Sheila McConnell, administrative coordinator, Master of Health Informatics in the School of Computer Science, is also the volunteer director for the UpTown Waterloo Ice Dogs Festival, to be held this year on Saturday, February 20, 11 a.m. to 3 p.m. in the Waterloo Public Square. Volunteers are needed as ice slide coordinators and ambassadors, and for popcorn sales and crowd control. Contact Sheila at or ext. 33203.

CPA staff

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Link of the day

The day the music died

When and where

Federation of Students annual elections campaign period, through February 8. Polls open February 9 at 10 a.m., close February 11 at 8 p.m.

Imaginus poster sale February 3-5, Student Life Centre.

Job Fair sponsored by UW and other post-secondary institutions, today 10:00 to 3:30, RIM Park, Waterloo. Details.

‘Find books and more’ workshop on doing research in the UW library, February 3 or 11 at 10:00, February 22 at 1:30, March 1 at 10:30, Flex Lab, Dana Porter Library. Details.

School of Planning speaker: Kevin Eby, Region of Waterloo, “Aging in Place”, today 12:30, Environment I room 354.

Free noon concert: jazz duo Kevin Ramessar (guitar) and Matt Lima (bass), today 12:30 p.m., Conrad Grebel UC chapel.

Career workshop: “Work Search Strategies” today, February 3, 4:30 p.m., Tatham Centre room 1208. Details.

Columbia Lake Health Club lifestyle learning: “How Healthy Are You? Interpreting Your Annual Physical” today, 5:30, 340 Hagey Boulevard.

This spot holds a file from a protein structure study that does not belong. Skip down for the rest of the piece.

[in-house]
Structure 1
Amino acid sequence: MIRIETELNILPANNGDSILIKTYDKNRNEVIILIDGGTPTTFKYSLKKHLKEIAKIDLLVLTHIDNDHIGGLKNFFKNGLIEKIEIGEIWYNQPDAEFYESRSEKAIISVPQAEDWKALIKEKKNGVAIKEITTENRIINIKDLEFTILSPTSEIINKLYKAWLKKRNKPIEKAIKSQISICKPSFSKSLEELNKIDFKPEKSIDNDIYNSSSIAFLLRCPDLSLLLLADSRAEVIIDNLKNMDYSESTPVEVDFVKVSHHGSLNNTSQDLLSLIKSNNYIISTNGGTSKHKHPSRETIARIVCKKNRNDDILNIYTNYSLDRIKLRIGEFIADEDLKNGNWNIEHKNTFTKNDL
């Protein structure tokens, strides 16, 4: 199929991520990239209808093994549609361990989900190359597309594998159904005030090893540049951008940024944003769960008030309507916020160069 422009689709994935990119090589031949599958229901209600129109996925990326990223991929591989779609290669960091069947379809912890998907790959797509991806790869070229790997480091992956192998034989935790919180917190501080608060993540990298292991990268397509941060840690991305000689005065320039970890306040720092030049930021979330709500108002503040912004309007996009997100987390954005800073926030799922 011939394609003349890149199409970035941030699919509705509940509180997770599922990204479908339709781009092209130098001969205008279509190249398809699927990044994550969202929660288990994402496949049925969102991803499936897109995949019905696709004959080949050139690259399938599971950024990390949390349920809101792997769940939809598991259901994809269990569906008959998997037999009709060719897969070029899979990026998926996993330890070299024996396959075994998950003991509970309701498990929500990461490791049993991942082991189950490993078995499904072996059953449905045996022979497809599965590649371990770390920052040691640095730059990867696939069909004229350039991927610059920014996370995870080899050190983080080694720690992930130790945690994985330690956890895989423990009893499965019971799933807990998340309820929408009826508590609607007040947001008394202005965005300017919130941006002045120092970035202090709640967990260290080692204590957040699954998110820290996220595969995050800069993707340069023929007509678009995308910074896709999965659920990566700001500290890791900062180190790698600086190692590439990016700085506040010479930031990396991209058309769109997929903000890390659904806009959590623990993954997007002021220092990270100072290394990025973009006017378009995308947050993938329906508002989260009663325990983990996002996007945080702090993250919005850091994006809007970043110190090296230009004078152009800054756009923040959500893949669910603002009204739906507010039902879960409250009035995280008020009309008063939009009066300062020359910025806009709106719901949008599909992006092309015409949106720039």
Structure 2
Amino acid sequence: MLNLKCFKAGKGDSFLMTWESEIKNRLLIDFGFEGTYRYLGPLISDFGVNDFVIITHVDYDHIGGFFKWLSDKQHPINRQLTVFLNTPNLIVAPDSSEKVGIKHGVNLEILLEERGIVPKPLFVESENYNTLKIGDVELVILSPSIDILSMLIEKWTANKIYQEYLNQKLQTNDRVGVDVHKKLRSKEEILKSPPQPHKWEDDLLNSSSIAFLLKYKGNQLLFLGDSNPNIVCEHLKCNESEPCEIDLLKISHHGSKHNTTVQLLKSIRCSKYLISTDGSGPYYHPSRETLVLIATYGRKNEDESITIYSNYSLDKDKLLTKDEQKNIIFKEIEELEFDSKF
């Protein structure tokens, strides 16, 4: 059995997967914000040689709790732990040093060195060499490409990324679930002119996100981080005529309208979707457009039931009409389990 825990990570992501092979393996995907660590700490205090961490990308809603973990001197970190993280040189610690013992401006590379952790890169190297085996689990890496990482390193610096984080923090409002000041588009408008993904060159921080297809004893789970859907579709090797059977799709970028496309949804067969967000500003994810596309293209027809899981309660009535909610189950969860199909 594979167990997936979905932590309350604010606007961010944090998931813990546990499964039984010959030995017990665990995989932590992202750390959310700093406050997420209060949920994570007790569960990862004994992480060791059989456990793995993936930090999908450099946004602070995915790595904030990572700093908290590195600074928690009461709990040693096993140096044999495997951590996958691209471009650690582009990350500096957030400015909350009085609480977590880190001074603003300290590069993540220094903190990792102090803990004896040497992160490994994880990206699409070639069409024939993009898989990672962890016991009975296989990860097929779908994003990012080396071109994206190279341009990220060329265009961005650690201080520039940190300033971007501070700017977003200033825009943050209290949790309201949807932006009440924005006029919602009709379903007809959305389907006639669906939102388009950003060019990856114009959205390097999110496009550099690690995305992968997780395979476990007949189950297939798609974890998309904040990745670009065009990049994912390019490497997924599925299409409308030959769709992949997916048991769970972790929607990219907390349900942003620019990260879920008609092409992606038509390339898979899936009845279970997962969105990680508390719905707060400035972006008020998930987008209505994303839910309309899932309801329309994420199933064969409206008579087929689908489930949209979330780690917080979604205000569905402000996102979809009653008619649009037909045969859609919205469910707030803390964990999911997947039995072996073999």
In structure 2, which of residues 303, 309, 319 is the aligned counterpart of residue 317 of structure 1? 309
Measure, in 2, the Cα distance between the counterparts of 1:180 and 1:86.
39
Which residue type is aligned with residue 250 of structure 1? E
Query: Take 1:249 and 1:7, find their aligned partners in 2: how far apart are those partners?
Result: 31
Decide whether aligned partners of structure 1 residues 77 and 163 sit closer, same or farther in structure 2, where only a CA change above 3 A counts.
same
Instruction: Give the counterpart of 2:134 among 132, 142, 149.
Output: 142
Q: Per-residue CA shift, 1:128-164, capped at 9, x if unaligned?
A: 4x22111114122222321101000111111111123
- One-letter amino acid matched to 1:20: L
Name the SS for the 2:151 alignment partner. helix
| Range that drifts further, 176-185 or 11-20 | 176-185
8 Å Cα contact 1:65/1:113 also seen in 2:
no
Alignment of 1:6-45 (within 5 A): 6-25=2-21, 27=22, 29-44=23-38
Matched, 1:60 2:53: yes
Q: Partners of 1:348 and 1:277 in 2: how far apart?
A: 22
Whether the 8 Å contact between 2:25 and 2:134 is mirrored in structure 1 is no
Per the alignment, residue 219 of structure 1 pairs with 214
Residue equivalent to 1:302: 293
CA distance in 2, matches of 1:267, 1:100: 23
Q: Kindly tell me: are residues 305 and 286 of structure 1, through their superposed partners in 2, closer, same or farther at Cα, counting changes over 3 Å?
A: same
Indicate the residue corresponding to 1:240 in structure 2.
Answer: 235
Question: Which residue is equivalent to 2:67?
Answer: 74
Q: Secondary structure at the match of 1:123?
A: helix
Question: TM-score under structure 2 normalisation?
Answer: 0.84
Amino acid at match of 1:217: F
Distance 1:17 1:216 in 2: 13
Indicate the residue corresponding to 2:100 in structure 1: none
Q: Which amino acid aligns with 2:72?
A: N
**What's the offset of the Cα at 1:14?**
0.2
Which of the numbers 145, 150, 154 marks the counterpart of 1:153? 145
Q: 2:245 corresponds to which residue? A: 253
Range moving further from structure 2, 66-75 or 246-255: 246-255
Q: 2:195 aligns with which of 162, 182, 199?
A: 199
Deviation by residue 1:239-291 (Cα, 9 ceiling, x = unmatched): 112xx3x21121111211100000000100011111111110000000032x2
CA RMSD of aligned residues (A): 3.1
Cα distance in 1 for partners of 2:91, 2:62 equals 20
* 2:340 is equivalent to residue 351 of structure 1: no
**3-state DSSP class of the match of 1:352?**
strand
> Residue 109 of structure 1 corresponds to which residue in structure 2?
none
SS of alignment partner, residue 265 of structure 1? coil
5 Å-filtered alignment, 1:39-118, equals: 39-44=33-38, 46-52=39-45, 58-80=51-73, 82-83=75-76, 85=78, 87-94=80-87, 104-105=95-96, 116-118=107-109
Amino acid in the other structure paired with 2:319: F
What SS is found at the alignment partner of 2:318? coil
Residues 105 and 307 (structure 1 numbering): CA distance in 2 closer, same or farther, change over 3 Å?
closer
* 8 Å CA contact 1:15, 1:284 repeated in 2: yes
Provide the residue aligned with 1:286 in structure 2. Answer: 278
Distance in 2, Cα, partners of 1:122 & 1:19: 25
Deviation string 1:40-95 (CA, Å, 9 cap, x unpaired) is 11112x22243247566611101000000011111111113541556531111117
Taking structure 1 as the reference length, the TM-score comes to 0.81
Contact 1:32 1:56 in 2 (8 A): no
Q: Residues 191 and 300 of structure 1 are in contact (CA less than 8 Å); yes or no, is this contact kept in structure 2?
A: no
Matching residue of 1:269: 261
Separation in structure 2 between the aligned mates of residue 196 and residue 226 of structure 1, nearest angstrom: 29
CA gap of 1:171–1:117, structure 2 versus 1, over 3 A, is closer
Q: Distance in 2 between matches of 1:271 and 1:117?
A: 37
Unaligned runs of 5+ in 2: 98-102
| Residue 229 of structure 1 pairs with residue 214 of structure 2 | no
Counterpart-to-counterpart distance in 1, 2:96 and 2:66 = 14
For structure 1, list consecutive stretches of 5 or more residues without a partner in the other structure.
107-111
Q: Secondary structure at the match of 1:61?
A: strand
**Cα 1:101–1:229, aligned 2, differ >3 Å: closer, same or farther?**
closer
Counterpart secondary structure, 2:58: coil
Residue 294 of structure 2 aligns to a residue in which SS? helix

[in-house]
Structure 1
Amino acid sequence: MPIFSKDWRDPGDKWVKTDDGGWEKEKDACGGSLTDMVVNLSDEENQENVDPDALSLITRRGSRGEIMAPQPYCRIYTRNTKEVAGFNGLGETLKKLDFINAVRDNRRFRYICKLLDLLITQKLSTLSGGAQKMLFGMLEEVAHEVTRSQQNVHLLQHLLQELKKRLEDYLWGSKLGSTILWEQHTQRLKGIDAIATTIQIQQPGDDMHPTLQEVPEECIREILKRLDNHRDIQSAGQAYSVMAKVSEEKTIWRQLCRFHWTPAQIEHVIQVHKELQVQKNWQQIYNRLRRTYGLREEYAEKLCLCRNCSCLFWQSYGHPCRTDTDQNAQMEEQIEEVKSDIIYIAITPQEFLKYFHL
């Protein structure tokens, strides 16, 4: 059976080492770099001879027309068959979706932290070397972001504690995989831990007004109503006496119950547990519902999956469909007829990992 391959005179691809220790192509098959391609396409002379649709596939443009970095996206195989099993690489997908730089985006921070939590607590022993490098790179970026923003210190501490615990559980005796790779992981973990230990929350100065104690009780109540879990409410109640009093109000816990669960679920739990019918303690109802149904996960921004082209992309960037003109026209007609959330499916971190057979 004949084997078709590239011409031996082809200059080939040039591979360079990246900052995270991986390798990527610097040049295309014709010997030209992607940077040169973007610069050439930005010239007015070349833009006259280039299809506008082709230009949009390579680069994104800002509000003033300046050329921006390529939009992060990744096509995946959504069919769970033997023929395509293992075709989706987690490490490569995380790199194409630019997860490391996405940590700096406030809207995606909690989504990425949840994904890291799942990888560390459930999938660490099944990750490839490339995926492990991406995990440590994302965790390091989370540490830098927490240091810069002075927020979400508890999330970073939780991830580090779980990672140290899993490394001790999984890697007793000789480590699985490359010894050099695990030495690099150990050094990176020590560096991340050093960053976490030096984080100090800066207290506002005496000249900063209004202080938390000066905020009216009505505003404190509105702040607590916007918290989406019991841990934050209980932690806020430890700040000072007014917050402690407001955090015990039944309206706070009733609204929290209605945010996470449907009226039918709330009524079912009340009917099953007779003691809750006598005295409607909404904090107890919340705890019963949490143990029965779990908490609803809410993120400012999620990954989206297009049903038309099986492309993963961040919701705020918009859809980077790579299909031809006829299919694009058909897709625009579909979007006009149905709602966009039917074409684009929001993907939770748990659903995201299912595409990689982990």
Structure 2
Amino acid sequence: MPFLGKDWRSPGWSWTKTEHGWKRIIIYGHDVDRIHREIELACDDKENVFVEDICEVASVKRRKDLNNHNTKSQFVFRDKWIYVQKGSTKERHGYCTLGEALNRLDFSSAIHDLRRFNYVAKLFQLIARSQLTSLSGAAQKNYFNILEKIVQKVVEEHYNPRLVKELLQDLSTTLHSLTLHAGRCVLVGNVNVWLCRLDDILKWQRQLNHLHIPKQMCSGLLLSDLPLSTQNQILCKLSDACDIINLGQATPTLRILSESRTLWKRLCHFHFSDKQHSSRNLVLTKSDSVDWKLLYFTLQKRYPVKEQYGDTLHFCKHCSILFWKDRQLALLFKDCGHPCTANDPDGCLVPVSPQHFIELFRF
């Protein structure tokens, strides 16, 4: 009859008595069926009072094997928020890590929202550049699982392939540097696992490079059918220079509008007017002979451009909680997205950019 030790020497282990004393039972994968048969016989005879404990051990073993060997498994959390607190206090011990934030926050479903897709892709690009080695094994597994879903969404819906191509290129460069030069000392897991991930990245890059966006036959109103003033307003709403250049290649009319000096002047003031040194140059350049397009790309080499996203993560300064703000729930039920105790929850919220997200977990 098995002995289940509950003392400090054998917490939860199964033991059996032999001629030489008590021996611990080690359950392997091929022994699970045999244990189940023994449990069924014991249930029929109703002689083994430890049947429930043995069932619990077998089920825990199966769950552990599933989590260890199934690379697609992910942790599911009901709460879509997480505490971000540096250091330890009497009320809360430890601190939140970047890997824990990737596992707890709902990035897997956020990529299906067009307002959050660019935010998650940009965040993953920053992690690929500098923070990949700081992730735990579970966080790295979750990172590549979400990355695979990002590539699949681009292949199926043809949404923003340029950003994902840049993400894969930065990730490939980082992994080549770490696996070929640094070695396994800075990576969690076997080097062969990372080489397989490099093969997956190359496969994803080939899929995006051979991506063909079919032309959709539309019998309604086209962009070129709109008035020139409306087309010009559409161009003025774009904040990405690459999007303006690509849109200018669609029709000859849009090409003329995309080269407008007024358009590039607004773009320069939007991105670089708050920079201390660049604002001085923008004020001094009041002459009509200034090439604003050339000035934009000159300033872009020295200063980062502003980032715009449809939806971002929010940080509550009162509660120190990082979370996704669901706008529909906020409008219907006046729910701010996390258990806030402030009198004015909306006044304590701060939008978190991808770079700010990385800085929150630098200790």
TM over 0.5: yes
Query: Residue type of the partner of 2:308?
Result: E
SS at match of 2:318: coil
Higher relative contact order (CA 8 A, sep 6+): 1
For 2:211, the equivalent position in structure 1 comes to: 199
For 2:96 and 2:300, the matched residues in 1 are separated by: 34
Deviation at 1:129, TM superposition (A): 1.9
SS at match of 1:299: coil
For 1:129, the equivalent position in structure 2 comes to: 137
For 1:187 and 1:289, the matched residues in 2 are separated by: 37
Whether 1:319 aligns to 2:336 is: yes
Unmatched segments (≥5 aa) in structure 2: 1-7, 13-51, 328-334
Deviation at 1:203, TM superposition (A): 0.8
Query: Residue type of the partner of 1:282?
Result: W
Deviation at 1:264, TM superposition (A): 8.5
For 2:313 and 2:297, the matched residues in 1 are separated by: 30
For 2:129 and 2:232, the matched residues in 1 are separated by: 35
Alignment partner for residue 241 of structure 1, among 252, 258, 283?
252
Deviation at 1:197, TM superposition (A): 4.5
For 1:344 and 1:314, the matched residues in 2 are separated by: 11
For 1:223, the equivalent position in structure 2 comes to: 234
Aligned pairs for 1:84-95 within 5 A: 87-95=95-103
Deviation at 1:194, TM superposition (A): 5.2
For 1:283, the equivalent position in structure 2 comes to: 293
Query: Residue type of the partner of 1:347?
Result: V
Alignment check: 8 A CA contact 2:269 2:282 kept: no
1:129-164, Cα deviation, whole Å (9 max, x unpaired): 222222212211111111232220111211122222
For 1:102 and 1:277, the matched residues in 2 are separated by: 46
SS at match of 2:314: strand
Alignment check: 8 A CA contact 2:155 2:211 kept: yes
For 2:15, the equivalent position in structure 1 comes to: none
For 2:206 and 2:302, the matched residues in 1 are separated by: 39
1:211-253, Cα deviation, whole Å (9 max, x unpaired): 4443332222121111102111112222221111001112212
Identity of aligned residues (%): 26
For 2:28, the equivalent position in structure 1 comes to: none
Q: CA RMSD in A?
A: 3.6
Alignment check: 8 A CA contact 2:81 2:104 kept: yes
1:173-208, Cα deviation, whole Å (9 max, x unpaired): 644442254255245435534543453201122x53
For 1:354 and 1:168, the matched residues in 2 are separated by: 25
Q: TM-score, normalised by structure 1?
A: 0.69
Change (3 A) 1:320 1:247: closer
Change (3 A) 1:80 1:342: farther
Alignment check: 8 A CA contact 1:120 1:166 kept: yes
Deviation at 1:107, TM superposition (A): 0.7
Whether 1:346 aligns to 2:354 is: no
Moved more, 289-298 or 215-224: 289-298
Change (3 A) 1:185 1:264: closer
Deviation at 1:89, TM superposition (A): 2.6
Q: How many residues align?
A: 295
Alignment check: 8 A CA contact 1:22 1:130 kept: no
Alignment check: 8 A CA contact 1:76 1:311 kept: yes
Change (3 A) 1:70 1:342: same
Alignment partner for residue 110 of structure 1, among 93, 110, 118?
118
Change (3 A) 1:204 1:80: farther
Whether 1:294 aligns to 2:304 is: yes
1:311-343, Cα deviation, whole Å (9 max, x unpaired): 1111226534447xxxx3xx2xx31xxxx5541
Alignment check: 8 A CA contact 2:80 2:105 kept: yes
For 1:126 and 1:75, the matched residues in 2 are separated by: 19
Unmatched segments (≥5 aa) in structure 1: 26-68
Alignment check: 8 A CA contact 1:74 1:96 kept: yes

Perimeter Institute public lecture: Hod Lipson, Cornell University, “Mining Experimental Data for Scientific Laws” today 7:00, Waterloo Collegiate Institute. Details.

Chartered Financial Analyst:”Differentiating Yourself in a Tough Market” today 7:00, Math and Computer room 2066.

Observatory night with brief talk on astronomy, tour of UW observatory and chance to look through telescope, today 8:00, Physics room 308.

Certificate in University Teaching Research Projects Workshop, Thursday 9:30 to noon, Flex Lab, Dana Porter Library. Details.

Social Sciences and Humanities Research Council national announcement of funding through Community-University Research Alliances, guests include UW vice-president (university research) George Dixon, Thursday 1:00, Village of Winston Park, Kitchener, by invitation, information ext. 33580.

Book launch by members of the English language and literature department. Thursday 3 - 4:30 p.m., Bookstore, South Campus Hall.

Career workshop: “Interview Skills, Preparing for Questions” Thursday 3:30, Tatham Centre room 1208. Details.